Climate Policy 22 February, 2018 12:00 pm   
Editorial staff

Polish energy sector promotes the fight against smog. PKEE Report

Smog and air pollution are not so much caused by power plants and industry, but above all so-called low emissions, i.e. old domestic heating stoves and local coal-fired boilers. This sector is responsible for over 40 percent of total PM10 dust emissions in Poland, as well as 80% total emission without (a) pyrene B (a) P – results from the report by the Polish Electricity Committee on the smog and activities of the Polish energy sector to improve air quality, which inaugurated the information and education campaign „Energy sector loves clean air”.

– Smog is an important topic from the point of view of our health and the quality of the natural environment. The title is a bit controversial, but it also encourages some thoughts. With today’s meeting, we inaugurate a campaign that is informative and educational and we want to reach out with reliable information to an average citizen. We want the message to be credible and transparent – said Tomasz Kosiński, Director of the PKEE Office.

According to prof. dr hab. Andrzej Kraszewski from Warsaw University of Technology, low emission is responsible for smog in Polish cities. – Who is responsible? This is often measured and contested in Poland and especially in Polish cities? These are not big power plants. Behind the smog is responsible for low emissions, car transport but there are also other sources, eg secondary lift and inflow from outside. Energy is not a flower garden, but when it comes to smog in large cities, it is not the main perpetrator – he said.

As dr. Janusz Zyśk from the AGH University of Science and Technology in Krakow said, mainly households, which are also classified as low-emission are responsible for poor air quality. According to the report “Assessment of air quality for Poland in 2015”, the main reason for exceeding the permissible levels of PM10 and PM 2.5 was the impact of emissions associated with individual heating of buildings. In this context, he mentioned the recently introduced so-called anti-smog tariffs that offer access to cheaper energy for customers who give up burning low-quality fuels in their home furnaces for heating with electricity. – It can be one of the solutions that affect the reduction of low emissions – said the expert.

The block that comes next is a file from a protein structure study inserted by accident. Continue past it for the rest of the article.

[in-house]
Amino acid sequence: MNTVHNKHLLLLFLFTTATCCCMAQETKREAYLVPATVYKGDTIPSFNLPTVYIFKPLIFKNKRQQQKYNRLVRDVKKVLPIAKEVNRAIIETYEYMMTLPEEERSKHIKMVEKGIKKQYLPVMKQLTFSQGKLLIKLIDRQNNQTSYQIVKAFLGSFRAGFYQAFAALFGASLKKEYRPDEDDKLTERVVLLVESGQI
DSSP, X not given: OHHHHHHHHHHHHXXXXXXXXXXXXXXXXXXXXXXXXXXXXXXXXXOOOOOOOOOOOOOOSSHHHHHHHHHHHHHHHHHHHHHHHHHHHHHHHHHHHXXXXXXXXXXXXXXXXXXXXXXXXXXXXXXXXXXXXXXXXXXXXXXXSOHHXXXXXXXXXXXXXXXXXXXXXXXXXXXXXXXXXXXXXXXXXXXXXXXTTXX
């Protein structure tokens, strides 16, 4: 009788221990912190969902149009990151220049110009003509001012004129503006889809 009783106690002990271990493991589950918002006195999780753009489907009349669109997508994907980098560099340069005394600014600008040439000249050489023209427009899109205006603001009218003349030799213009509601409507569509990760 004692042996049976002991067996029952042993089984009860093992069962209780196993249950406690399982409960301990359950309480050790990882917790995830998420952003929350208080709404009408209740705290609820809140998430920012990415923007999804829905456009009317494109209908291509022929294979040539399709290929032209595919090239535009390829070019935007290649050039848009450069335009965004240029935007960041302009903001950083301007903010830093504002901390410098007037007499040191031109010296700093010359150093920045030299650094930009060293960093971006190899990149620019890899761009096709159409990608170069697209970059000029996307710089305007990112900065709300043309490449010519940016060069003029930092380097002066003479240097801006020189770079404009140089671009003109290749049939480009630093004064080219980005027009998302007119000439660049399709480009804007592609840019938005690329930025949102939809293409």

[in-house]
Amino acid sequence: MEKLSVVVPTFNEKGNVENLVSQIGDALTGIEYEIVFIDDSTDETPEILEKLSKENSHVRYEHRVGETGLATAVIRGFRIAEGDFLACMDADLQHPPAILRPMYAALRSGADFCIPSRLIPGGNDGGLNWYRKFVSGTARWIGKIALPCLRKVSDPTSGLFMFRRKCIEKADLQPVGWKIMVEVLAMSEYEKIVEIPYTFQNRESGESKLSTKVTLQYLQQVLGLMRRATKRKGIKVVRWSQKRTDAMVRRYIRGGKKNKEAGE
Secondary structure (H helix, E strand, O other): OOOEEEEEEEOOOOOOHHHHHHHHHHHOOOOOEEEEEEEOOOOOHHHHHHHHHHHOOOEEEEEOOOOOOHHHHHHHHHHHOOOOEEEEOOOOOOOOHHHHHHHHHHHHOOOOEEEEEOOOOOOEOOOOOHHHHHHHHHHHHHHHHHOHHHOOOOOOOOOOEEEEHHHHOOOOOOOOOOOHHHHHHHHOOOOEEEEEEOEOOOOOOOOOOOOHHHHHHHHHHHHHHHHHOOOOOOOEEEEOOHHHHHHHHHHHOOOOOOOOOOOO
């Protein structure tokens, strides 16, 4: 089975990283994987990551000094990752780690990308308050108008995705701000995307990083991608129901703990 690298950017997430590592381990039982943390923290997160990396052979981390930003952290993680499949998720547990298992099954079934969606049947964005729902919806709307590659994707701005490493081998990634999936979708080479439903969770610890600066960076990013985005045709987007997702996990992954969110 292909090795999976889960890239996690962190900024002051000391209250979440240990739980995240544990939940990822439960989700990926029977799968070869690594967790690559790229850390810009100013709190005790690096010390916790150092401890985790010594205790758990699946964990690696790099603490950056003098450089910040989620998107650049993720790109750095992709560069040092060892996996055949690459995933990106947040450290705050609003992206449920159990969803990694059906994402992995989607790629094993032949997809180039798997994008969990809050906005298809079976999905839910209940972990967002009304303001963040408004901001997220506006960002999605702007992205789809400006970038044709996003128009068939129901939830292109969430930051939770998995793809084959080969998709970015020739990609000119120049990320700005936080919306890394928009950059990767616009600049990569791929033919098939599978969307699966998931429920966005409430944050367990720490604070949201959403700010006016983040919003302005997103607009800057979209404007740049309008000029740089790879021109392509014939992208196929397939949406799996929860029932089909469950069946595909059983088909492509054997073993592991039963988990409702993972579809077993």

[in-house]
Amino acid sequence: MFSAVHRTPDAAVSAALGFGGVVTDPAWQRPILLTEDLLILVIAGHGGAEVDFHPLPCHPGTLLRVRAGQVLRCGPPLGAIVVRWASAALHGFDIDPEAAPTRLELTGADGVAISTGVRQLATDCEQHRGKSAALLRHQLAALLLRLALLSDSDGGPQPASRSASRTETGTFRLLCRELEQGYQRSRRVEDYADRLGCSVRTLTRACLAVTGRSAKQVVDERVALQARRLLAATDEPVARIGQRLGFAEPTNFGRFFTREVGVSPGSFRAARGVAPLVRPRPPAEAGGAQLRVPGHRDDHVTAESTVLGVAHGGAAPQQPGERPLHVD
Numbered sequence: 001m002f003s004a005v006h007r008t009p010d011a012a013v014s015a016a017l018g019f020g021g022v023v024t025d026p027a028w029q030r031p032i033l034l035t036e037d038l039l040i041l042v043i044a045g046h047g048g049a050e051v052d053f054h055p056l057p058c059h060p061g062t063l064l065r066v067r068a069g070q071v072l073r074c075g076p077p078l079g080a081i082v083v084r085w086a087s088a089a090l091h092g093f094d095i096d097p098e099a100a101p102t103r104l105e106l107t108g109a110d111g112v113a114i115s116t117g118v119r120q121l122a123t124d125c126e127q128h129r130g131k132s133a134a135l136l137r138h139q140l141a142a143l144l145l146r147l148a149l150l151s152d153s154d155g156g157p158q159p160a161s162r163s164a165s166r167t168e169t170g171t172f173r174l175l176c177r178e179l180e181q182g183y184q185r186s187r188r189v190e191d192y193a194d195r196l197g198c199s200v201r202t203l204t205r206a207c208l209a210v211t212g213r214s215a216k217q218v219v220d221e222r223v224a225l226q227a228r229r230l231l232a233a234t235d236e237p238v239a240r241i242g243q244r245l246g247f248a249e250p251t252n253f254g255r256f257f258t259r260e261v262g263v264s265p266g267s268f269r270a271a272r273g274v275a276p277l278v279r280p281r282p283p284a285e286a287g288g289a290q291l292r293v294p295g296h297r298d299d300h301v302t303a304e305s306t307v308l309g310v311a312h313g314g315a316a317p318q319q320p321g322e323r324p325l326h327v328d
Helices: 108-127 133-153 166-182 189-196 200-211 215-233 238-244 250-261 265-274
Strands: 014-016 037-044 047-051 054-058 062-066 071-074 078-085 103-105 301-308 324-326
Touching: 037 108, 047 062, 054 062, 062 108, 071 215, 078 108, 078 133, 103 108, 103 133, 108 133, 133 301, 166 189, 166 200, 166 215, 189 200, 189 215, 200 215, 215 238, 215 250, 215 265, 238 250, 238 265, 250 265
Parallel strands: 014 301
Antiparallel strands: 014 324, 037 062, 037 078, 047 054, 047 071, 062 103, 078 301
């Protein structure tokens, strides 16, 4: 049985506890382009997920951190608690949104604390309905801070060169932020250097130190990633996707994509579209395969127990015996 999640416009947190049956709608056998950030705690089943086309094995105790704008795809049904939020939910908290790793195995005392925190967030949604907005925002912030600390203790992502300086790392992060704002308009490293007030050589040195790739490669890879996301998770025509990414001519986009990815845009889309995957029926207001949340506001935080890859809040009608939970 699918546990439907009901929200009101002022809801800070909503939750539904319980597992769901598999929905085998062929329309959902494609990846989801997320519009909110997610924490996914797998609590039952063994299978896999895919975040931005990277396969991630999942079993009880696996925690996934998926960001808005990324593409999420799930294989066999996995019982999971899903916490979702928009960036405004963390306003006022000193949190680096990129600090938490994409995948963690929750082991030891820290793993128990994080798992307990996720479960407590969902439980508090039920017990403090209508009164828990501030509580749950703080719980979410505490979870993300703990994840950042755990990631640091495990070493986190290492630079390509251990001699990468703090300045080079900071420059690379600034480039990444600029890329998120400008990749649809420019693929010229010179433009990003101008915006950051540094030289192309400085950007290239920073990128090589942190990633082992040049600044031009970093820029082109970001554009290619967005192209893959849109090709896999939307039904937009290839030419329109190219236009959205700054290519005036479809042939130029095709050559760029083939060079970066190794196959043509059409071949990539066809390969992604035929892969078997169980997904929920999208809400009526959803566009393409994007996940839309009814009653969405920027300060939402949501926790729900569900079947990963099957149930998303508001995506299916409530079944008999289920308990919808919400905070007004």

During the speech, Dr. Zyśk drew attention to the decrease in emissions generated by the energy sector. – In 1990-2015, emission reduction of all dust fractions by 95% took place in this sector. During this time, emissions from transport increased, which is the effect of an increasing number of cars – he said. He emphasized that pollutant emissions in the energy sector are strictly controlled and the emitted flue gas must meet the standards set out in, among others, in emission standards for dust in the energy sector. In comparison with 2005 to 2021, the emission of dust from coal-fired power plants will fall nearly by 18 times.

As we read in the PKEE report at the end of the heating period, the Committee wants to issue a “Bill for SMOG” where it will show who is responsible for the smog and will convince you to solutions beneficial both from the financial side and above all for the natural environment.
The Committee wants to convince as many people as possible to switch to cheaper and healthier alternatives to heating for heating homes with old furnaces. In addition, it will prepare and conduct a series of debates addressed to local communities in Polish cities and towns. – We are going to put a lot more emphasis on education. We need to raise awareness – said Dr. Eng. Andrzej Sikora, president of the Institute of Energy Studies.

Actions that are and will be undertaken for clean air and for the fight against smog should be undertaken jointly at three levels – government administration, local government and energy companies. We would like to find out with the message that the power industry has been taking, taking and will take all available measures to improve the air quality in Poland. Nobody is perfect. Perhaps those attempts that have been made so far have not been effective, but the proposed solutions, eg anti-smog tariffs or the expected regulation on fuel quality are steps in the right direction. The industry will make every effort on its part to ensure clean air.